• An increase in volatile financial markets—whether during the Fed’s planned increase in interest rates or stemming from a global economic shock—could slow economic growth and trigger investors to withdraw from mutual funds
• Low interest rates have led to a build-up in leverage—the use of borrowed money to invest—and are creating risks that impact insurance companies, mutual funds and other nonbanks
• Cyber attacks, natural disasters, or software and hardware failures could disrupt infrastructure and have a big impact on the financial system.
Stress tests reveal strengths, weaknesses
The IMF based its findings in part on stress tests conducted to assess the stability of the financial system. The IMF’s tests found that the banking system is resilient to severe shocks, similar in magnitude to the 2008 crisis.
The IMF staff’s analysis also suggests that insurance companies, hedge funds, and other managed funds contribute to overall financial risks in an amount larger than suggested by their size, and therefore deserve greater attention.
U.S. financial supervisors administer their own stress tests, and the IMF team has reviewed those tests. It concluded that supervisory solvency stress tests for banks are state-of-the art in many respects, but officials need to enhance stress tests of nonbanks, such as insurance companies, mutual funds, and pension funds. Improvements include undertaking both solvency and liquidity stress tests not only for banks but also for nonbanks; and examining spillover risks between nonbanks and banks.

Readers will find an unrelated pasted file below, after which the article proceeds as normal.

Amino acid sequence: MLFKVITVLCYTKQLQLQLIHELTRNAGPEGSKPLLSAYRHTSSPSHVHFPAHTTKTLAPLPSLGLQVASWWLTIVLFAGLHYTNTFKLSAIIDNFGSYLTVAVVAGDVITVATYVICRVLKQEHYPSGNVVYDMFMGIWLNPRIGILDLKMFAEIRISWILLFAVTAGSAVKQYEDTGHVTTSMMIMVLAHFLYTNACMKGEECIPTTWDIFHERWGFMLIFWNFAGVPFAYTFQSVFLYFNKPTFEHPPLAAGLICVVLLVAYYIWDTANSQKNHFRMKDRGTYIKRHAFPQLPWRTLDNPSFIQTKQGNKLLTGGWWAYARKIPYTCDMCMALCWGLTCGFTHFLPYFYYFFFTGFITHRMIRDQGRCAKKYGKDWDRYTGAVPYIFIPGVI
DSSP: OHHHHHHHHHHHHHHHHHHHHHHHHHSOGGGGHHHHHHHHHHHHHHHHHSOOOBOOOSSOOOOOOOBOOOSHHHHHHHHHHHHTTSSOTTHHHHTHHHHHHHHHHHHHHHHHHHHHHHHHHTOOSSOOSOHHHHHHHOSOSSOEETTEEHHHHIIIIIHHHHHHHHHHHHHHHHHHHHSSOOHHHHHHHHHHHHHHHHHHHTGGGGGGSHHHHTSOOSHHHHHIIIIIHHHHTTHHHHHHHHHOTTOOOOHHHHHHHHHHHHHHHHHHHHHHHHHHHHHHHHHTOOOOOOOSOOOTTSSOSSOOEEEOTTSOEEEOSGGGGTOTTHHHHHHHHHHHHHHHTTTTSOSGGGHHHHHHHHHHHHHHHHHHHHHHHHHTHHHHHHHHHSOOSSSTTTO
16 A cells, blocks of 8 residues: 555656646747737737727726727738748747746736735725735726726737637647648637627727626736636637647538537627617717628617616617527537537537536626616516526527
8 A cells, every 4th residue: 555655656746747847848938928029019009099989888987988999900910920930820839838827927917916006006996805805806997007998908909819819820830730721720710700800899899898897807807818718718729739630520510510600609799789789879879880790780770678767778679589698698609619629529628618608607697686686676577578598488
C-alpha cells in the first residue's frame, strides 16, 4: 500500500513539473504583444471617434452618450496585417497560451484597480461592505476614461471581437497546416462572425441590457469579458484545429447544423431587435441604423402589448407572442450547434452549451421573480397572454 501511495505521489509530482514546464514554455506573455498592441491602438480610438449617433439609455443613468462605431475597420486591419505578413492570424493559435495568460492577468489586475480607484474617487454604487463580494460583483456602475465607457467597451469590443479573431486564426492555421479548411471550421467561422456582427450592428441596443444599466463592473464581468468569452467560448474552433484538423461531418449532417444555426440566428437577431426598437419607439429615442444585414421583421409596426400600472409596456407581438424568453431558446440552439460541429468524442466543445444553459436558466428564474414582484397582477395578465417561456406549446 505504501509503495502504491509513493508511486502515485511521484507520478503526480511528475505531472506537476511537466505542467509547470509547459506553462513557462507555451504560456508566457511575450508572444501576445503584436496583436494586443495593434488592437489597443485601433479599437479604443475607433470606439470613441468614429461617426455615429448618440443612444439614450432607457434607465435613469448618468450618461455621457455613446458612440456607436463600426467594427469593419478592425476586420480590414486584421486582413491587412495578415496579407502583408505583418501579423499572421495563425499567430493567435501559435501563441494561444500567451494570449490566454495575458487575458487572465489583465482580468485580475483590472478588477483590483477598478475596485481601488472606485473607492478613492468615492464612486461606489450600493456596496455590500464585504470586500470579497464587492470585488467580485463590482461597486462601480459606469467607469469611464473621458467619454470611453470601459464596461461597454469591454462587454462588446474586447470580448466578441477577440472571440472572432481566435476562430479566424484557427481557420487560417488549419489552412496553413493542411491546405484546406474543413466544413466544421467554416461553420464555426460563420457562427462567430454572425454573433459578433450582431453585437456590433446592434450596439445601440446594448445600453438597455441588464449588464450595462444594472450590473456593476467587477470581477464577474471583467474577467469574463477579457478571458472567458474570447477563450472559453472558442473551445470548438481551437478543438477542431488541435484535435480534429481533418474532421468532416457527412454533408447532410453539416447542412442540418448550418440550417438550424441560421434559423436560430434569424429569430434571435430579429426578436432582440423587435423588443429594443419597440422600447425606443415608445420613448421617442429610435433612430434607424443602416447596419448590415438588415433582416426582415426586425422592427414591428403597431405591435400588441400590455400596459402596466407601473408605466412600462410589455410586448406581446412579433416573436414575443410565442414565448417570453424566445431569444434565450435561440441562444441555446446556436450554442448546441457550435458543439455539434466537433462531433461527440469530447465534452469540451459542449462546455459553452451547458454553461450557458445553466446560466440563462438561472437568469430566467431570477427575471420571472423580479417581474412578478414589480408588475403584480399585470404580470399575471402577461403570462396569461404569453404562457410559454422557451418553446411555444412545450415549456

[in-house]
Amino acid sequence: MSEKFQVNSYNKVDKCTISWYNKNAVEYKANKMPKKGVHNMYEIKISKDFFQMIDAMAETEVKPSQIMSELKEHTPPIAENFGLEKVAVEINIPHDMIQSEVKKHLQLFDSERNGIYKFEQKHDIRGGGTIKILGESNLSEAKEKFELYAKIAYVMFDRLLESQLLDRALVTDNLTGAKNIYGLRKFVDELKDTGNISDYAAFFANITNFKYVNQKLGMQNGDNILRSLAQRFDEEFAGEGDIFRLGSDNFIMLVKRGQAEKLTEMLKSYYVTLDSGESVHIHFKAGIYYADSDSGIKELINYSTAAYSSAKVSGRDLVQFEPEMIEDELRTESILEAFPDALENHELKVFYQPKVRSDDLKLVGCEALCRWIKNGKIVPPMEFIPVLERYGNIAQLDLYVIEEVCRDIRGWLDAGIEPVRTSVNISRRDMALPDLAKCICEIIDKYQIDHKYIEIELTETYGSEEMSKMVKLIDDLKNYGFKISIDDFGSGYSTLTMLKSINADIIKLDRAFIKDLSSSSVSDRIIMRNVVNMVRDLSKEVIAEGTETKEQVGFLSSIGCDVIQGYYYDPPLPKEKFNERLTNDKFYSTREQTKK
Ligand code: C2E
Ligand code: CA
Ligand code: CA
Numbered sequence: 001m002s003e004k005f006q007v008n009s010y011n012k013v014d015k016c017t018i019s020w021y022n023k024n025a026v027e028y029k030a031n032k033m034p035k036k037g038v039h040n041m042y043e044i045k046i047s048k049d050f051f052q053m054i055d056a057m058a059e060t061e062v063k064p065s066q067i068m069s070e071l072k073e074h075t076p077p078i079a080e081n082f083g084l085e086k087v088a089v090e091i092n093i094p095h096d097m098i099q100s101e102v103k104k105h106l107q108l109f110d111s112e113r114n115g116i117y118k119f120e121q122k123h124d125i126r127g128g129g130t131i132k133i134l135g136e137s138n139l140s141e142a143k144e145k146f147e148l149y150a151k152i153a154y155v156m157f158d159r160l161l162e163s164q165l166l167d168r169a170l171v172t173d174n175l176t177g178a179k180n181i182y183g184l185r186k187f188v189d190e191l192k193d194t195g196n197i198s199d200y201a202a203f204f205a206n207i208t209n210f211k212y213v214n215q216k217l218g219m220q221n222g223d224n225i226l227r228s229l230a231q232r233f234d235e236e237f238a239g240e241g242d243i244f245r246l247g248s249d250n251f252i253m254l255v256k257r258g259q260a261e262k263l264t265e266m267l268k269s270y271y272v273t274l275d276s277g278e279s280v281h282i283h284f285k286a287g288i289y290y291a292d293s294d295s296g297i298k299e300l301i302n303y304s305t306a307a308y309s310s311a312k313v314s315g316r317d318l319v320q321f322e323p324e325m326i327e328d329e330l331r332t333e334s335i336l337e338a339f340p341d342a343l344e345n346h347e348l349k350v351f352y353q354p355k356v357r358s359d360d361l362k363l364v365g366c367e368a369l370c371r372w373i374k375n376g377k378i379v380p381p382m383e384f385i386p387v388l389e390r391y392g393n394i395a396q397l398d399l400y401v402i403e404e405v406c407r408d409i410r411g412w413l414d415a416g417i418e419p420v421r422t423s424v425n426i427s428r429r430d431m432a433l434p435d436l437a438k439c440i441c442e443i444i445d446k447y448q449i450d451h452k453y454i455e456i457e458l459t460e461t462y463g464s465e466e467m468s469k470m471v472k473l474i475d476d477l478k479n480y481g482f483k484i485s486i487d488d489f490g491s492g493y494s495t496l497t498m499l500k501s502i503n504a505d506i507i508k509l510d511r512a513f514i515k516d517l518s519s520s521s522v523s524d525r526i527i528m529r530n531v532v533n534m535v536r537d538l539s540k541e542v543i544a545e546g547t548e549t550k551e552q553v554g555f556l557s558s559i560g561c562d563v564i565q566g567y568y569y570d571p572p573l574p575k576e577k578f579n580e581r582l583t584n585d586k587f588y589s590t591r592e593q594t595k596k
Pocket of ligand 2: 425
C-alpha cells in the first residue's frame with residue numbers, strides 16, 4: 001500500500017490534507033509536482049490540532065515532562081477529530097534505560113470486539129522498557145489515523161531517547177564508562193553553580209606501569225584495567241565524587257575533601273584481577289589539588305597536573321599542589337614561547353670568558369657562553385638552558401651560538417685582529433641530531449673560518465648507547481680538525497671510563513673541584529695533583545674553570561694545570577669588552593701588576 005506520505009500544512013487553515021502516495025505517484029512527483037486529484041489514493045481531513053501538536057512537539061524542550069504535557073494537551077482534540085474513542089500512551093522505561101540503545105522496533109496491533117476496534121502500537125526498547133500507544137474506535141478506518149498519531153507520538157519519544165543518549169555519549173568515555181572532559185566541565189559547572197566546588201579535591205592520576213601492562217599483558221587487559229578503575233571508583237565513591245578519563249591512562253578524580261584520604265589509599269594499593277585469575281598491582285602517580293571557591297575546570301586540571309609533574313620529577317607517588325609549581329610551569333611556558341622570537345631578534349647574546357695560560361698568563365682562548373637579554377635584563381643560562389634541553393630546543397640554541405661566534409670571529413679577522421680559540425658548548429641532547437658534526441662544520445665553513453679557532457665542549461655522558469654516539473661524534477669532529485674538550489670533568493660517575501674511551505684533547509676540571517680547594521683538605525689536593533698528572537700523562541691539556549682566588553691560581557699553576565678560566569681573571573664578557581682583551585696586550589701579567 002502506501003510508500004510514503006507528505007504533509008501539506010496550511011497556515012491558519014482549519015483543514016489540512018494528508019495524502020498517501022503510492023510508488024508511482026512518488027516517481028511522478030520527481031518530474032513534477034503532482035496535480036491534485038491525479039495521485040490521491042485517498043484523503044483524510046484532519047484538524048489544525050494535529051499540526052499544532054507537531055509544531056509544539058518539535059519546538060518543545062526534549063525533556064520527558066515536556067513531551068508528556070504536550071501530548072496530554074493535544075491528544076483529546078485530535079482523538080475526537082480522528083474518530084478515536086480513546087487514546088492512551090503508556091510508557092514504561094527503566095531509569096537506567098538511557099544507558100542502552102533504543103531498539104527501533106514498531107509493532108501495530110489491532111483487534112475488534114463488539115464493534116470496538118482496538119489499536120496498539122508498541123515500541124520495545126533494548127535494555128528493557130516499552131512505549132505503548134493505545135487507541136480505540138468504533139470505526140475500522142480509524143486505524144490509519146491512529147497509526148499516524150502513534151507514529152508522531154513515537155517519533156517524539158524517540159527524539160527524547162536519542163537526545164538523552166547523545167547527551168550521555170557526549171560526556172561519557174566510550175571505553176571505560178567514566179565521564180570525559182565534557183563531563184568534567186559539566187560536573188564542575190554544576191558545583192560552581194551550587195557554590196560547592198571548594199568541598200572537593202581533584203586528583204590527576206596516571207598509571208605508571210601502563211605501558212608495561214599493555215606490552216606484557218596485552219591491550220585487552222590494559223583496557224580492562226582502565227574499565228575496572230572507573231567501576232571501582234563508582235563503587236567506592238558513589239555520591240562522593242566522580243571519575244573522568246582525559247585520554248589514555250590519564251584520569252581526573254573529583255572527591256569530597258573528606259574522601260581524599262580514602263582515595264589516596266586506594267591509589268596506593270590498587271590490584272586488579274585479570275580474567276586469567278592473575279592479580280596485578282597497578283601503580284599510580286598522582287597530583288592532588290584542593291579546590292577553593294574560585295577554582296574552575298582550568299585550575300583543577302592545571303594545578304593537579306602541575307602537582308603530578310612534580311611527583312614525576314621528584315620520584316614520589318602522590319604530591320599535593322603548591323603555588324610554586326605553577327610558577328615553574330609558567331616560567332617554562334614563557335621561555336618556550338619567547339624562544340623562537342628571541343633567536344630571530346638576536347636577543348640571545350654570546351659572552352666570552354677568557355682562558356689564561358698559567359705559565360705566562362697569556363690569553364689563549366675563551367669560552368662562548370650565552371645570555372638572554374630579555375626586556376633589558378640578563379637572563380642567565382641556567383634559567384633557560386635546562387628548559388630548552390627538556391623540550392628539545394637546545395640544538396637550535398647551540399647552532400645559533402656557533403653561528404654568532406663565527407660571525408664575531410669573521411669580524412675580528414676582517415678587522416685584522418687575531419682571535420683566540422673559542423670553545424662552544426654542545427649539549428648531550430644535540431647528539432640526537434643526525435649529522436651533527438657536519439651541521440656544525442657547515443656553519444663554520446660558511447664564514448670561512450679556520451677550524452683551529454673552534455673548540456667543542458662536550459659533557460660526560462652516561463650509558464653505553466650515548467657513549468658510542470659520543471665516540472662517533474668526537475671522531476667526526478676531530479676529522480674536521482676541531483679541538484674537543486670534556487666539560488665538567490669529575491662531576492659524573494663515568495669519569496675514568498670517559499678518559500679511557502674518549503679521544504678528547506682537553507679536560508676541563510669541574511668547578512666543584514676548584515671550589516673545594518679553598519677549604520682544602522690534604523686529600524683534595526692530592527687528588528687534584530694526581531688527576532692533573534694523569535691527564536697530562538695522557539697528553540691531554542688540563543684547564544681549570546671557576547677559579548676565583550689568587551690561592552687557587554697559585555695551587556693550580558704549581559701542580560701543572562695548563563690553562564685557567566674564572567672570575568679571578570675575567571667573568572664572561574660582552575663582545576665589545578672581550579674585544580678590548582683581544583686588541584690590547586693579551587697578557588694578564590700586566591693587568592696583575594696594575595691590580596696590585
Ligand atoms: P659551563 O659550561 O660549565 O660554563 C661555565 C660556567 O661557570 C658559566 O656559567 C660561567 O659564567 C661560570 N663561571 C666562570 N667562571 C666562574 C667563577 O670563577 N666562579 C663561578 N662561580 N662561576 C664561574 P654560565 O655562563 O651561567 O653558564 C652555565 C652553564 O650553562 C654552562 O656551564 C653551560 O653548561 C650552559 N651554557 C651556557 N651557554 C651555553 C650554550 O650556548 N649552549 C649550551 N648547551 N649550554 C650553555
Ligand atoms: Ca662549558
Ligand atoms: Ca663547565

The tests also found new risks emerging in insurance companies. The U.S. insurance sector is the largest in the world and accounts for a third of the global market. The IMF found that stresses may have a significant impact, especially in life insurance. Life insurers would suffer a substantial reduction of shareholder equity if a fully market-consistent valuation was applied. The IMF said U.S. officials should develop and perform insurance stress tests on a consolidated, group-level basis.
The IMF’s analysis also highlights the potential for financial market stress—notably the municipal bond and corporate bond markets—from heightened redemption pressures at mutual funds.
The IMF also said the reform of Fannie Mae and Freddie Mac—the agencies that back roughly 80 percent of U.S. home mortgages—is one of the largest pieces of unfinished business in financial regulation. The agencies fall short of capital requirements, which is a financial risk to taxpayers.
The report acknowledges that the authorities made important steps to address the “too big to fail” issue in banks. However, they still need to put in place enhanced standards and resolution powers for systemically important nonbanks, and to ensure the work on developing “living wills” for systemically-important banks is completed.
Finally, financial inclusion should feature more prominently on the U.S. policy agenda, the IMF said. Despite its massive size, the U.S. financial system falls short in availability of and access to financial services to some households and small firms. The United States is 27th out of 147 countries in terms of the share of adults with a bank account, and some 20 percent of U.S. households are “underbanked.”